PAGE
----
Saturday, October 10, 2009

Cross-Cultural Communication Challenges Faced by Women in Computing

Communication skills are very important. I can't stress that enough. I recently graduated with a master's degree and have been looking for a job for several months now and I've seen it: employers want you to have communications skills. If you are very smart but you can't communicate or get along with others, you are of no use to them.

In my opinion, you can read about communication all you want but it still won't be the same as actually putting it into practice. What I recommend is, whenever you can, do presentations, network, write blogs or e-mails or articles... even if you don't want to. That's why I decided to become External Affairs Executive of CU-WISE. I did it because I was an introvert and I wasn't a great communicator. Not to mention I never liked speaking to someone for the first time. It drained me. But after 2 years in that role, here I am writing blogs, speaking at high schools, networking at conferences, and promoting CU-WISE everywhere I go. By the way, a great way to socialize is to wear something goofy (like a funny hat), to be a photographer (approaching people by taking their pictures), or carry something funny (like the duckies in the picture). The CU-WISE executives approached her just because of those silly things!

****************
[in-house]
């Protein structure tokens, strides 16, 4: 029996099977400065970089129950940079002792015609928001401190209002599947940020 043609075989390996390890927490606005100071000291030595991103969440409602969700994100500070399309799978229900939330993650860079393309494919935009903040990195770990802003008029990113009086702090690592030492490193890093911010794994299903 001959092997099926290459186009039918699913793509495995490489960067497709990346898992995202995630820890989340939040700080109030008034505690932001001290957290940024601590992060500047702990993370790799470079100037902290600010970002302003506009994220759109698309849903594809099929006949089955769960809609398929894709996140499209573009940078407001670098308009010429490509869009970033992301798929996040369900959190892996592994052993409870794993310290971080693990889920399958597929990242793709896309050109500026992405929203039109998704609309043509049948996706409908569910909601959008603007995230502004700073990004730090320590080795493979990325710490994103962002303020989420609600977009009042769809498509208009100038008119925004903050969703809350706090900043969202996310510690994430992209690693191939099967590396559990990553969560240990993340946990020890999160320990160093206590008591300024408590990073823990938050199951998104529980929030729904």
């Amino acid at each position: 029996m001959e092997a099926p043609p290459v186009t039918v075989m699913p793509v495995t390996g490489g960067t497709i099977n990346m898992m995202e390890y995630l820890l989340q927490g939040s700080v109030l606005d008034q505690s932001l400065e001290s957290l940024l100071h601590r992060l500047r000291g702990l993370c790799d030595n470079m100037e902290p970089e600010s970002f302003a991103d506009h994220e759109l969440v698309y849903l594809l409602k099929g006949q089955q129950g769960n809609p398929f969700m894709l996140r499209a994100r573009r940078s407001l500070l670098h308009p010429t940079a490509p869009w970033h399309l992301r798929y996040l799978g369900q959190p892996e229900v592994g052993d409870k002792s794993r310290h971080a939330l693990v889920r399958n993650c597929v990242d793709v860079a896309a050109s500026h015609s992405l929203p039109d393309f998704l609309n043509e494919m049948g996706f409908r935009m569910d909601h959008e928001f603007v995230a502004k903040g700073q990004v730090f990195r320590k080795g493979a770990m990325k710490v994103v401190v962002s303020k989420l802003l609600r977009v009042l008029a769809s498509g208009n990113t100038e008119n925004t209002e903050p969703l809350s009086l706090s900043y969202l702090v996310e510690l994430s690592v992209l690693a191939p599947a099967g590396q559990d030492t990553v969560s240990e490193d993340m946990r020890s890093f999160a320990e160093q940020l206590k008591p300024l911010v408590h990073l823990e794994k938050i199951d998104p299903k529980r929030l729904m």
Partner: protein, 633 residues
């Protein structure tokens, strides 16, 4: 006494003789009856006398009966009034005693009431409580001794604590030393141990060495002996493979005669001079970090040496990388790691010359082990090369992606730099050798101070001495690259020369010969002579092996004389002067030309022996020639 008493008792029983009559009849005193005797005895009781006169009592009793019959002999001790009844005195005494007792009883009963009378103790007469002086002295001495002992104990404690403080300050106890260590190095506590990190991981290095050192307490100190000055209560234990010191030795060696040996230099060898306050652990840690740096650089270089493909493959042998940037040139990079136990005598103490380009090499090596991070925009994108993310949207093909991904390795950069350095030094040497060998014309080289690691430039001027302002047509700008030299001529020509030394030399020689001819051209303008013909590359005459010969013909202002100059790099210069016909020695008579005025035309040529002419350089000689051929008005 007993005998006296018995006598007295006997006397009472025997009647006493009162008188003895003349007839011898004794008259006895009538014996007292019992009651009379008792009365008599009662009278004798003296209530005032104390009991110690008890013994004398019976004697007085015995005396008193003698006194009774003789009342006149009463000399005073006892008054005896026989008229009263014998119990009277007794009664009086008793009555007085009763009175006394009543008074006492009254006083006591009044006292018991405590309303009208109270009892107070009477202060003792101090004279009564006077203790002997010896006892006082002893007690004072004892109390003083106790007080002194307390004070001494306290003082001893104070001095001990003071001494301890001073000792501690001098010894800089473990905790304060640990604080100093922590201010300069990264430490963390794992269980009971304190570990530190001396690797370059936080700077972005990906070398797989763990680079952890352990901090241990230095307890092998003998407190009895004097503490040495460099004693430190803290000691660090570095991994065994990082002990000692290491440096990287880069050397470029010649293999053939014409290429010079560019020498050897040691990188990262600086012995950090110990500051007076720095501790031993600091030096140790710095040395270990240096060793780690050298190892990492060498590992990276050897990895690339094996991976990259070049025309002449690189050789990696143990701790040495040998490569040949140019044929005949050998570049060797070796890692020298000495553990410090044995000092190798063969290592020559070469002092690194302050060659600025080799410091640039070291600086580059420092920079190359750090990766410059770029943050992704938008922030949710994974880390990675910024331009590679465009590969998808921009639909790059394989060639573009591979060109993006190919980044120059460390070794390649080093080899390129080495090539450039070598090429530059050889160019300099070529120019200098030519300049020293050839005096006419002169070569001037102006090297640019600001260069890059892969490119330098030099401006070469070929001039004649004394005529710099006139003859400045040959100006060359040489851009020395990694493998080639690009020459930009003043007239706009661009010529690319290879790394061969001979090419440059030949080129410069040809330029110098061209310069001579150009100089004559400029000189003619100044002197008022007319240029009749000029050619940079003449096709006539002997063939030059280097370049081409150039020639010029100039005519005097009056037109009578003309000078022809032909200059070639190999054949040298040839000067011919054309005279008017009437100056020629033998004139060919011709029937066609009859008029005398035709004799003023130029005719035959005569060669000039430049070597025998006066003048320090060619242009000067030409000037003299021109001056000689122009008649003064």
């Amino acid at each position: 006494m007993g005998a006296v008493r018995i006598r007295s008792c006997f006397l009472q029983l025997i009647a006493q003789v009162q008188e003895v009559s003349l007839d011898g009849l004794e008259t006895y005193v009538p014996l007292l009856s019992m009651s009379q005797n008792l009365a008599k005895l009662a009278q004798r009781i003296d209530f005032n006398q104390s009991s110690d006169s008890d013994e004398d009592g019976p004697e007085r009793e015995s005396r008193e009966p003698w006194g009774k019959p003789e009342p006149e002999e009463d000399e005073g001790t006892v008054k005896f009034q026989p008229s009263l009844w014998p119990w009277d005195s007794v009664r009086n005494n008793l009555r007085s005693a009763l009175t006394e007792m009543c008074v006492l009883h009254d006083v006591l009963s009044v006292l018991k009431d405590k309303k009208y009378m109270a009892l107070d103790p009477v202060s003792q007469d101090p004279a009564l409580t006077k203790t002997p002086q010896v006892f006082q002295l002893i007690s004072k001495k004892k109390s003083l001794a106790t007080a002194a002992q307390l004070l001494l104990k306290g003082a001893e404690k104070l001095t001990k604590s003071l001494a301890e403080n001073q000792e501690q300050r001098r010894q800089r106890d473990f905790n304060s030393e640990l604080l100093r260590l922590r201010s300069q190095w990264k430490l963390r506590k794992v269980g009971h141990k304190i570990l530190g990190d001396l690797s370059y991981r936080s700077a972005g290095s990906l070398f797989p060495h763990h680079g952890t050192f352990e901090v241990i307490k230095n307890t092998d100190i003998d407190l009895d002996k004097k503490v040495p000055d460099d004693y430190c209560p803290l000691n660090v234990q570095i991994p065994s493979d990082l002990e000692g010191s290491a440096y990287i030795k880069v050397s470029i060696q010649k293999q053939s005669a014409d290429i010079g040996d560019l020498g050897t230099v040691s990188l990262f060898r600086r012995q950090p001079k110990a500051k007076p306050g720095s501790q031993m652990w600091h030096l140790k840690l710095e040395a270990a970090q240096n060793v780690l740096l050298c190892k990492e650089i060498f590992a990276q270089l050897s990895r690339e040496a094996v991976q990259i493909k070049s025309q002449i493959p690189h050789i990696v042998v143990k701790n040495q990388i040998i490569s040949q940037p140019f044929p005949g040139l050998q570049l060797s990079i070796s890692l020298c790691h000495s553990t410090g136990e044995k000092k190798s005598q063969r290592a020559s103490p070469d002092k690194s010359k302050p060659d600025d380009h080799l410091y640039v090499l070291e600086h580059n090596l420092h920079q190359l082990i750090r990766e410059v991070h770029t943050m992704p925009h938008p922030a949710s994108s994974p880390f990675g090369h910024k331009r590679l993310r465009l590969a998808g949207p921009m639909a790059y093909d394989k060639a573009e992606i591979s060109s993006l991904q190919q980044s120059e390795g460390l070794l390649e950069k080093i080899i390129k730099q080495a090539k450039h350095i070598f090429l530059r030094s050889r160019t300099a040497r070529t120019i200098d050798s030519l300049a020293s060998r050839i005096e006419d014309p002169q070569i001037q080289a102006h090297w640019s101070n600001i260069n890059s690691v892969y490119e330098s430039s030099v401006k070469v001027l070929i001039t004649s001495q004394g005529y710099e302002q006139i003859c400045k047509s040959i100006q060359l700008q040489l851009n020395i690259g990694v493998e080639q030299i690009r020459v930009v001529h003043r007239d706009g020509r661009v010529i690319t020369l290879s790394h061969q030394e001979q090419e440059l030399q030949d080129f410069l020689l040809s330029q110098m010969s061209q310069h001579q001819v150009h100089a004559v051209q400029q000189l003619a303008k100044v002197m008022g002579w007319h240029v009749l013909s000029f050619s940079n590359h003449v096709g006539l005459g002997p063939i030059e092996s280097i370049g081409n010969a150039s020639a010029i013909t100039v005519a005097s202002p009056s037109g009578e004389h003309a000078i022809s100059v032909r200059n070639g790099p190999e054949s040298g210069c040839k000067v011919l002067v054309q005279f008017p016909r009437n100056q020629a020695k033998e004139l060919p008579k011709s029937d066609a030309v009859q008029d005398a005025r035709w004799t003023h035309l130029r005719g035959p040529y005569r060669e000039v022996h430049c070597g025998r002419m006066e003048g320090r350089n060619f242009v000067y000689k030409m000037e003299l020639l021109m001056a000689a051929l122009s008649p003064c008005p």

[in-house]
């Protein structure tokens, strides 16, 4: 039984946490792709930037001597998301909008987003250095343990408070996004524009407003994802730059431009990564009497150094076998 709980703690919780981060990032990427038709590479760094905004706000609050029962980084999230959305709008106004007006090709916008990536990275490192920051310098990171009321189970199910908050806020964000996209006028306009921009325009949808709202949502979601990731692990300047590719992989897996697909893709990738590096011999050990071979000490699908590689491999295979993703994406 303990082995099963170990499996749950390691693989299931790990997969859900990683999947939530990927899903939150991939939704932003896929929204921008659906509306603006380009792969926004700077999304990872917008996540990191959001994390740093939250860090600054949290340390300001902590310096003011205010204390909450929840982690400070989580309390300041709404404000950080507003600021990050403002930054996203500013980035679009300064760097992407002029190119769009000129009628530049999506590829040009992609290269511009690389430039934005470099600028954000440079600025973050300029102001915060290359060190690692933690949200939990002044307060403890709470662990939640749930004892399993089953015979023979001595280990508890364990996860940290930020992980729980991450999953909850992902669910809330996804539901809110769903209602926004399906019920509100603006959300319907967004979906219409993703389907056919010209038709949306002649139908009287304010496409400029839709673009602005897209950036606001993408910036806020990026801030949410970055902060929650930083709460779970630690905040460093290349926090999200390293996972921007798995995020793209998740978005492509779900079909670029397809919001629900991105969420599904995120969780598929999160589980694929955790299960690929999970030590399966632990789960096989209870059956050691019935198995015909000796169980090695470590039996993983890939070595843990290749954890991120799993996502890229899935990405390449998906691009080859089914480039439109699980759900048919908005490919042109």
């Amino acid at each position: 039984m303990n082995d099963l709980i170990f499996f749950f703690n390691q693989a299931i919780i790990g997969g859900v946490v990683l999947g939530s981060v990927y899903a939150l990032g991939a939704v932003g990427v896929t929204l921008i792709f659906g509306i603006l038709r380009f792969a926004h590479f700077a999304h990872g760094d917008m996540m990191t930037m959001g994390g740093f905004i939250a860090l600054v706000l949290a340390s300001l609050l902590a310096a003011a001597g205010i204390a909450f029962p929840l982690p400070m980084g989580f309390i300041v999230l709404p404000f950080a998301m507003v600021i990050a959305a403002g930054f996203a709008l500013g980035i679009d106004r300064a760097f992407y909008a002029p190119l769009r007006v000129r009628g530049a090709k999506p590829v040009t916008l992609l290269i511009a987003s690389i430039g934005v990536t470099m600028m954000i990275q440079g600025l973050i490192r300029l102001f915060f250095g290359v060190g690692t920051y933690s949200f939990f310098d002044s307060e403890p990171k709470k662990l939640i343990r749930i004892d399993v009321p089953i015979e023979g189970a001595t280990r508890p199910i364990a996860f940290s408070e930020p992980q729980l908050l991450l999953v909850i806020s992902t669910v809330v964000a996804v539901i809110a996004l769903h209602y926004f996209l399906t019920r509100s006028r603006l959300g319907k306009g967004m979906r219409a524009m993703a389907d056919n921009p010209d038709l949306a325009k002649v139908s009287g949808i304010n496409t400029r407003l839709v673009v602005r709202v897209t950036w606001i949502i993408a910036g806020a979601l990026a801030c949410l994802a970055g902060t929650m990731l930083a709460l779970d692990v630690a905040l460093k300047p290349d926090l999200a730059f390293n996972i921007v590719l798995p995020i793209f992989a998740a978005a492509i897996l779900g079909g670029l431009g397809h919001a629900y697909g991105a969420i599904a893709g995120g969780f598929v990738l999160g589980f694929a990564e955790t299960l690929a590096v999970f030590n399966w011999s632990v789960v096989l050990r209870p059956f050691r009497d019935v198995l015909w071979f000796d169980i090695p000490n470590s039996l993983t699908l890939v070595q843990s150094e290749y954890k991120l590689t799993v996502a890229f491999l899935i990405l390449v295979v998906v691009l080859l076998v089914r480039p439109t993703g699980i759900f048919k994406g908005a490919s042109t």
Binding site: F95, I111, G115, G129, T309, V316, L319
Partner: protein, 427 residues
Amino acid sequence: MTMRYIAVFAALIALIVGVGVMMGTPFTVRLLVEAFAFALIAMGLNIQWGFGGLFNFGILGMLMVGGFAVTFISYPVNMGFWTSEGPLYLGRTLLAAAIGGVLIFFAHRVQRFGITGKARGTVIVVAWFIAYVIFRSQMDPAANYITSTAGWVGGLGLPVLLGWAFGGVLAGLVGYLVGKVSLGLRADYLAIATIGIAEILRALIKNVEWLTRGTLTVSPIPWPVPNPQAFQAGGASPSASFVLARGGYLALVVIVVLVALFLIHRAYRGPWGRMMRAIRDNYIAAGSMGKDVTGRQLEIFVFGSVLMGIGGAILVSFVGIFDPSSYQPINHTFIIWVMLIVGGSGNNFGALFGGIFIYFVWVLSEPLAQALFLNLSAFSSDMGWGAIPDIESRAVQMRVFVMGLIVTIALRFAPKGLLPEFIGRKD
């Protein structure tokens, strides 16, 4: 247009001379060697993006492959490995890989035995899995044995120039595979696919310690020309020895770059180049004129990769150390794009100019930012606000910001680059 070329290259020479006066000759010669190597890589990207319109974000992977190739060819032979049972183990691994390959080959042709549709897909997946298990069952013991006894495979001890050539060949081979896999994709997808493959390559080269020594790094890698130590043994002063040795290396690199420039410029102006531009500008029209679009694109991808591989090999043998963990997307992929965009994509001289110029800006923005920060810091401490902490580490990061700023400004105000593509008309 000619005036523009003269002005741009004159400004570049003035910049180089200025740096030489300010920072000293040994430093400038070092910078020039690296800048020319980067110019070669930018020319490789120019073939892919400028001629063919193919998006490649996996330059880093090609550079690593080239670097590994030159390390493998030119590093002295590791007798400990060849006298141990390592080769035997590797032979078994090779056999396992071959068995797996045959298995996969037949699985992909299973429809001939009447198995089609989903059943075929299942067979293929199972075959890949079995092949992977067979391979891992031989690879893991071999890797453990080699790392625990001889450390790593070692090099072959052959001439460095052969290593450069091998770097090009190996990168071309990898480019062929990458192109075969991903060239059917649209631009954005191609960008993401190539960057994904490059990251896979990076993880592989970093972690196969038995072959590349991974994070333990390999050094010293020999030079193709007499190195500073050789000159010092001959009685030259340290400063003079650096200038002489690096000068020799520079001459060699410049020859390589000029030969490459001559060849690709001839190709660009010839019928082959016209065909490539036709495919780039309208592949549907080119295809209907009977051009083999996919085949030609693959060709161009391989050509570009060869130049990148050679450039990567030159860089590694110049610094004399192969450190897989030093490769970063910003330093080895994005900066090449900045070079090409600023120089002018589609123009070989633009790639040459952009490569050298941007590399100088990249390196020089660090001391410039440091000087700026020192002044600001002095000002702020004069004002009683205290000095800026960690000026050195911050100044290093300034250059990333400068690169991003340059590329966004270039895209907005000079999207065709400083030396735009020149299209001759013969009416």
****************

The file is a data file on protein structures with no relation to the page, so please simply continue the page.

My notes on this session don't give the panelists justice because I couldn't always keep up with typing what they were saying. They did spend a fair bit of time speaking about different kinds of communication norms in different kinds of cultures. That is definitely something to watch out for. I remember I met a young Iranian lady through CU-WISE and she told me about a concern she had. She asked me why the males in her classes didn't take her seriously. She was in engineering. I asked her to explain because I never felt that way in my undergrad. She told me that when she asks a guy a question about a course, let's say about a formula or something, he always ends up laughing or joking and never answers the question. I thought about it and asked her to explain exactly how she asks these questions. She was a very kind young lady with a very low voice so I thought that maybe she just didn't speak loud enough. In the end I found out that it was in her culture to not look a man in the eyes while speaking with him and to many people here that could show anywhere from lack of confidence to disrespect. I personally feel uncomfortable when someone doesn't look me in the eyes when they are speaking to me. I would assume that they just don't respect me or the conversation we are having.

So I would like to close by reminding you all again to practice, practice, and practice! Does anyone have any comments or suggestions about this topic? About the notes?

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